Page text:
Monday, July 16, 2012

New York Angels No-Go

Nope--it's not a major league baseball mix-up.  New York Angels is a seed-funding private investment group.  In yet another cyber oddity on my computer, their website simply will not open. 

The last time I had this problem was with, as you might recall, blogger previews and before that, my Twitter account.  There have been other such oddities I haven't posted.  I would call  it strange, but I've gotten used to it.  I guess I must be on to something.  (I'll find the right person.)


Thursday, July 12, 2012

My Computer Is Strange

It's usually very, very slow.  I apply for a couple security jobs on line and now it's flyin'. 

Friday, July 6, 2012

Northrop Grumman Systems Is Now Hiring

From The Job Search Oddities Dept.

I never get e-mail from Montser--until now.  I've been on Monster off and on since before I started getting stalked and harassed by political, corporate, etc. operatives in mid-2009.  I think my "field"  is listed on Monster as communication and writing.  Nowhere in my experience will you find a hint of "technical writing," and certainly not "Knowledge of XML data used in production of MIL-STD-400051 and/or ASD S1000D" or "Familiarity with AS9100 and CMMI."  Also, as far as I know, I don't qualify for this: "Must have the capability to receive and hold a Top Secret clearance."    I guess there must be a glitch in Monster's profile information aggregator because I just got this e-mail out of the blue... 
About the Job:

Northrop Grumman Information Systems sector is seeking a Technical Editor and Writer 3 to join our team of qualified, diverse individuals. This position will be located in Sacramento, CA.
Where Technology and Teamwork come together supporting mission critical equipment for global security. The qualified applicant will become part of Northrop Grumman Corporation Information Systems Sector supporting the AN/ASQ-230 (ASIP) SIGINT sensors installed on the Global Hawk aircraft that deploys worldwide.

Responsibilities Include:
  • Writes, rewrites and/or edits technical documents such as technical procedure manuals, user manuals, programming manuals, service manuals, operational specifications, and related technical publications to communicate clearly and effectively technical specifications and instructions to a wide range of audiences.
  • Acquires subject knowledge by interviewing product developers, observing performance of production methods, referring to technical specifications, blueprints, engineering illustrations, and trade journals.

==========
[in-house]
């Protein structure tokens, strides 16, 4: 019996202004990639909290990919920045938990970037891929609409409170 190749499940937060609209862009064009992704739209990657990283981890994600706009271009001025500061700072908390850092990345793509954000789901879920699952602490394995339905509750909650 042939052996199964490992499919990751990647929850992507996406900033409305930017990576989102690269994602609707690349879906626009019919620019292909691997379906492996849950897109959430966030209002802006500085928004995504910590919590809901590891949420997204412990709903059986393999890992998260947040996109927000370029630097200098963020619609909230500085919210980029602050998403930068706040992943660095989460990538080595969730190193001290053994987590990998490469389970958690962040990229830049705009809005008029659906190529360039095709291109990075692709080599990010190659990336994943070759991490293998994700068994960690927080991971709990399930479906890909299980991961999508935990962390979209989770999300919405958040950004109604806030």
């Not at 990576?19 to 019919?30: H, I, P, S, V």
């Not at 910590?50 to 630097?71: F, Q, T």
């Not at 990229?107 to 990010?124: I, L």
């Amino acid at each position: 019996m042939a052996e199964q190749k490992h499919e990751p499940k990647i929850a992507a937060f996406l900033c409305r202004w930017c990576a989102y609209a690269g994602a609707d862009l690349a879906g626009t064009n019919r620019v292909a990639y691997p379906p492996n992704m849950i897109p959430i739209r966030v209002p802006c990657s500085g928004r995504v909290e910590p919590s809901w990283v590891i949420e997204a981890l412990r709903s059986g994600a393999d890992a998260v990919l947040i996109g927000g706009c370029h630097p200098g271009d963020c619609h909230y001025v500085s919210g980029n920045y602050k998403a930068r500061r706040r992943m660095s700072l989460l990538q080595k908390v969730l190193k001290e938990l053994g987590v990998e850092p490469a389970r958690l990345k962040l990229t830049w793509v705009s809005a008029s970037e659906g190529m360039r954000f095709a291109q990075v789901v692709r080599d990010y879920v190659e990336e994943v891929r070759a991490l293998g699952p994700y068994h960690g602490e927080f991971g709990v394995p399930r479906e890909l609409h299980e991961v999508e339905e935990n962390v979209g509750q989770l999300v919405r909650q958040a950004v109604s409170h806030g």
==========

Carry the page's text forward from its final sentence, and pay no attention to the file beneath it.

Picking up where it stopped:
• Oversees preparation of illustrative materials, selecting drawings, sketches, diagrams and charts.
  • Conducts quality review of materials.
  • Develop end user technical documentation and training materials for the Integrated Logistic Support group using XML editor interface and various graphic/multimedia packages.
  • Represents organization as a prime contact on contracts or projects.
  • Interacts with senior internal and external personnel on significant matters often requiring coordination between organizations.
  • May develop and deliver presentations.
Requirements Include:
  • 6 Years with Bachelors; 4 Years with Masters (may consider experience in leui of degree)
  • Knowledge of XML data used in production of MIL-STD-400051 and/or ASD S1000D essential.
  • Strong communication skills and familiarity with Microsoft Office software is key and essential.
  • Familiarity with AS9100 and CMMI helpful.
  • Must be a US citizen and have the capability to receive and hold a Top Secret clearance.
Apply Now

Sunday, July 1, 2012

Sullinger Solid; Tribe Stinks with #1 Closer; 8-Team Field For CFB Playoff

C.B.S. Sports Notes

Sullinger Will Be Solid
Ohio State product, Jared Sullinger was a hot topic in last week's NBA draft.  League GMs' reservations regarding a back injury that nagged the 6', 9" forward last year were compounded by questions about his skill set and height, and how that combination might translate to pro ball.  All things considered, Sullinger was very appropriately snatched up by the Boston Celtics with the 21st pick in the draft.  Regardless of physical issues, Jared Sullinger never was a lottery pick as he was hyped to be.   It's true: he's a power forward by trade but falls an inch or two short at that position in the NBA.  It's also true that he has a combination of tools, including a jump-hook he can dump in from seemingly any angle, which ensured a first-round selection.